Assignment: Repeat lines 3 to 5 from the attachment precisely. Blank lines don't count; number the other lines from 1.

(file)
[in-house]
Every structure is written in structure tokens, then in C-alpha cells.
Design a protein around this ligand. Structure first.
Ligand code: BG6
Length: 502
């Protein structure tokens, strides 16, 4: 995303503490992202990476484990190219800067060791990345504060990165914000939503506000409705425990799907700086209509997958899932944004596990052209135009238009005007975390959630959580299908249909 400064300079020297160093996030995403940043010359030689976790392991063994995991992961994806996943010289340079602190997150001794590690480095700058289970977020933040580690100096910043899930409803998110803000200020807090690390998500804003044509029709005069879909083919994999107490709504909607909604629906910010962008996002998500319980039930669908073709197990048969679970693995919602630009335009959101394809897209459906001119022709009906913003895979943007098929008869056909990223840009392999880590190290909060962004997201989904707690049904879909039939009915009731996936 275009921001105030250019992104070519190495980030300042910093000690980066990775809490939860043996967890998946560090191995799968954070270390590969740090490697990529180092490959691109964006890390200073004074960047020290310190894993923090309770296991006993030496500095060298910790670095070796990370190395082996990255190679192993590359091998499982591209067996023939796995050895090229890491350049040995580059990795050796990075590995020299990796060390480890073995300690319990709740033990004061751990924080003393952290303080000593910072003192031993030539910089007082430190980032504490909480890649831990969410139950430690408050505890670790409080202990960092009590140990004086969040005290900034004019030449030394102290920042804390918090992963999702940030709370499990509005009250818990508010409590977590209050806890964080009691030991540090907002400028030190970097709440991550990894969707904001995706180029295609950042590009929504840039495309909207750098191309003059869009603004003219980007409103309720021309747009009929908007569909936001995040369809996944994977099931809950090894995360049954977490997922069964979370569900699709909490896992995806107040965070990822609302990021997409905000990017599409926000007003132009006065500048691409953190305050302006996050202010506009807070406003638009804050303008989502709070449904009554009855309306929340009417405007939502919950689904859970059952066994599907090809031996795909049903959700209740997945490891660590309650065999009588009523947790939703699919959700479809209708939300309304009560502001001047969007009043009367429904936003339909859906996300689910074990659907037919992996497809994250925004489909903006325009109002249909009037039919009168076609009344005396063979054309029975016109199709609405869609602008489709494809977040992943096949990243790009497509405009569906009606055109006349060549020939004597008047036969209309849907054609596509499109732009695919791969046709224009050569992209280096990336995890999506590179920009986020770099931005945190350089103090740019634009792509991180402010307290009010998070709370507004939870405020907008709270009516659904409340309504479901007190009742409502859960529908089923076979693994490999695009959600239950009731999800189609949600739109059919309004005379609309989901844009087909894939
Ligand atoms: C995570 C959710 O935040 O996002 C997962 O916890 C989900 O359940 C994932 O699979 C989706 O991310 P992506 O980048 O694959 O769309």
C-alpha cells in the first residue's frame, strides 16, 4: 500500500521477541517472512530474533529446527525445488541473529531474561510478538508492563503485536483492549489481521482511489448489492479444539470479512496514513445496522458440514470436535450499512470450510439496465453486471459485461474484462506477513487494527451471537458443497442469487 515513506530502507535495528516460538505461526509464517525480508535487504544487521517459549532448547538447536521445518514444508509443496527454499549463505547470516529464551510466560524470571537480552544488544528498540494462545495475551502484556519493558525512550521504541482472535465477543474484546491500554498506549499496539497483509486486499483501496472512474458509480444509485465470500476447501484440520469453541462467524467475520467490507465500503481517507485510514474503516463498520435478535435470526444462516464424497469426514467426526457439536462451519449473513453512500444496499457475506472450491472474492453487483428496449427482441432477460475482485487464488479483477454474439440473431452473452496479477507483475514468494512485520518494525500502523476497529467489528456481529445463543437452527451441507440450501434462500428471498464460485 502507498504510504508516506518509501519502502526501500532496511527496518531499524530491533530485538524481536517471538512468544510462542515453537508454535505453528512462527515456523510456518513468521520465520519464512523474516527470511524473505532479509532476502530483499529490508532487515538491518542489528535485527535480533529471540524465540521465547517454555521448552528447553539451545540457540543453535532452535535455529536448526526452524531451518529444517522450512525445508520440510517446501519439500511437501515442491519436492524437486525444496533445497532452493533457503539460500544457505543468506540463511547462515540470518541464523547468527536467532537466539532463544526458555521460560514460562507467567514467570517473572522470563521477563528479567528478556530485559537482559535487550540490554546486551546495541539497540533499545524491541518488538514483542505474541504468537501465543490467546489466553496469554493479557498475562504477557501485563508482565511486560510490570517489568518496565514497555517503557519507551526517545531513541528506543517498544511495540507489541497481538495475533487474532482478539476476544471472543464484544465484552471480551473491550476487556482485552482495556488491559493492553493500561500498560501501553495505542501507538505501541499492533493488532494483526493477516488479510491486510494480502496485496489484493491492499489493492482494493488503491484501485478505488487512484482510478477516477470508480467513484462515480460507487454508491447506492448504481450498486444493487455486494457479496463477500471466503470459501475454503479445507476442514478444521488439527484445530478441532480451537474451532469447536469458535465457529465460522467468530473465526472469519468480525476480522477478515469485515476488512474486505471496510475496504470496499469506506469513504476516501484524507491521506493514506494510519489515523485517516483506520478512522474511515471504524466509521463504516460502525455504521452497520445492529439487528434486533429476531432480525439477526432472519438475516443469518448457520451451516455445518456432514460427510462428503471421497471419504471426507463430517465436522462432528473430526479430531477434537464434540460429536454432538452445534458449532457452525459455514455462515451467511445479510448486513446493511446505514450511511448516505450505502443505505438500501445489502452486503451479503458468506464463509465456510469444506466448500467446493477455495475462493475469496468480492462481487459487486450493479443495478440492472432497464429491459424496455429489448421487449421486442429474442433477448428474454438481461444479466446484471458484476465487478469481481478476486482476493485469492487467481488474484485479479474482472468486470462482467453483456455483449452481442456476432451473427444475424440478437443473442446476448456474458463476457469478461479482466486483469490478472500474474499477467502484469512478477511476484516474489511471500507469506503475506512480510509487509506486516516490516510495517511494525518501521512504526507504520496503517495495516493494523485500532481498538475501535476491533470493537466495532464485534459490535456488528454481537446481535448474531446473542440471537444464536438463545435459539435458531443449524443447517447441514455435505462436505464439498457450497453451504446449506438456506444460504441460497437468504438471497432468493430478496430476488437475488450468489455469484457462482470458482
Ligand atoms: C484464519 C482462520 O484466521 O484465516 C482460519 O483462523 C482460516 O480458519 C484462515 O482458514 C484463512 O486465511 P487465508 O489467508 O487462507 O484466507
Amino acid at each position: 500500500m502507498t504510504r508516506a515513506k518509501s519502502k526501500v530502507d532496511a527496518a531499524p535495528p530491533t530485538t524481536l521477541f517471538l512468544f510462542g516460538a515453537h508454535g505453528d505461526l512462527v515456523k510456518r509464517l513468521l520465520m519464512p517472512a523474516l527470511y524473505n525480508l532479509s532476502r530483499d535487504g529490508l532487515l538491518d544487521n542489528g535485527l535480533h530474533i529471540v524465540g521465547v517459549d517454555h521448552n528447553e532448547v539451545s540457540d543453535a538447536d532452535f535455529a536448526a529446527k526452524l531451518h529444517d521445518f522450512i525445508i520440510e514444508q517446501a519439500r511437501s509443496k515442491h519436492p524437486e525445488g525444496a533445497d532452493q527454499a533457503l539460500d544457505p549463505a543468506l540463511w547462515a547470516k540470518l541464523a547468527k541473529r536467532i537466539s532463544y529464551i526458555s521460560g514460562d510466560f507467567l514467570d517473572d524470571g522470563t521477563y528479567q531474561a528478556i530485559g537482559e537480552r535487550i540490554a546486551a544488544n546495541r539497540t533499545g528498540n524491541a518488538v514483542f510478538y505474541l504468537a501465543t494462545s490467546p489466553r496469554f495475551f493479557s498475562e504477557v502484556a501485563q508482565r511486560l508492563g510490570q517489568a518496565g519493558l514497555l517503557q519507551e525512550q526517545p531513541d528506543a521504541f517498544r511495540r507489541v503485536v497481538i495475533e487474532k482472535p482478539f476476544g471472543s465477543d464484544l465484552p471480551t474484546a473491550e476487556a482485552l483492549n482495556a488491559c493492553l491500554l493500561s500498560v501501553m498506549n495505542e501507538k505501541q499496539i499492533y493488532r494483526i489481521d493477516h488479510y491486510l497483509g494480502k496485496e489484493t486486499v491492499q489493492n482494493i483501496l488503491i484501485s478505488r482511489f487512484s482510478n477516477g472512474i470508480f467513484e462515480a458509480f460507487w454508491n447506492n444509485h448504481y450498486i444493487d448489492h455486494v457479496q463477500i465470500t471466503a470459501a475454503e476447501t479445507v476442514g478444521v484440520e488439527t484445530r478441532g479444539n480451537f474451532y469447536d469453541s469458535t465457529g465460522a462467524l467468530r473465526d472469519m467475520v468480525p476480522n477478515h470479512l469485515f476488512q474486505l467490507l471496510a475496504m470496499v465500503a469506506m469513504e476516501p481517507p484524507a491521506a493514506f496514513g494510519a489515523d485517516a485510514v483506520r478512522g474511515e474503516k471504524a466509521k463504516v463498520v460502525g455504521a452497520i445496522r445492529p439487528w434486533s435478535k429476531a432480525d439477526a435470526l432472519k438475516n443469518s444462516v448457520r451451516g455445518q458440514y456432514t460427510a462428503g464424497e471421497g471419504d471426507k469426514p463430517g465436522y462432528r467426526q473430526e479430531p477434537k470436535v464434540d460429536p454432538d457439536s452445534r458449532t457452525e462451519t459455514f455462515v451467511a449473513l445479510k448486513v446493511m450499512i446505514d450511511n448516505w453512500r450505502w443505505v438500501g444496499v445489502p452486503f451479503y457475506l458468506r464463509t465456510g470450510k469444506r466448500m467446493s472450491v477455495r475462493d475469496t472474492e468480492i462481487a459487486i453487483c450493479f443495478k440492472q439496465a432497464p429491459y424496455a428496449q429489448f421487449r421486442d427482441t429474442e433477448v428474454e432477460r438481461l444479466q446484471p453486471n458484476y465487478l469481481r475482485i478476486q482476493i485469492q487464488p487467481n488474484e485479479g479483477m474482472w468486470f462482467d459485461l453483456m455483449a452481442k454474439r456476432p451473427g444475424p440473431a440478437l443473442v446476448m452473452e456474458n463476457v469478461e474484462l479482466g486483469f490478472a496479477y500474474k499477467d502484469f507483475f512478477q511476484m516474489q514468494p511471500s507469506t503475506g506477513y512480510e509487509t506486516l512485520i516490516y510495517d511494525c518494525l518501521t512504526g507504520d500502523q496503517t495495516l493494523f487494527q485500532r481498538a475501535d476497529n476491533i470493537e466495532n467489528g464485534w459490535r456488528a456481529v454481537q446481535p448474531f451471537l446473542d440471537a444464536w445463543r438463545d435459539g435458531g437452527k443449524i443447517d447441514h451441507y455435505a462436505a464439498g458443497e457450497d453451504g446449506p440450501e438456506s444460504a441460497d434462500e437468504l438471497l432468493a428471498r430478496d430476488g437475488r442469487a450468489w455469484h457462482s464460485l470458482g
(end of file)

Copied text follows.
Design a protein around this ligand. Structure first.
Ligand code: BG6
Length: 502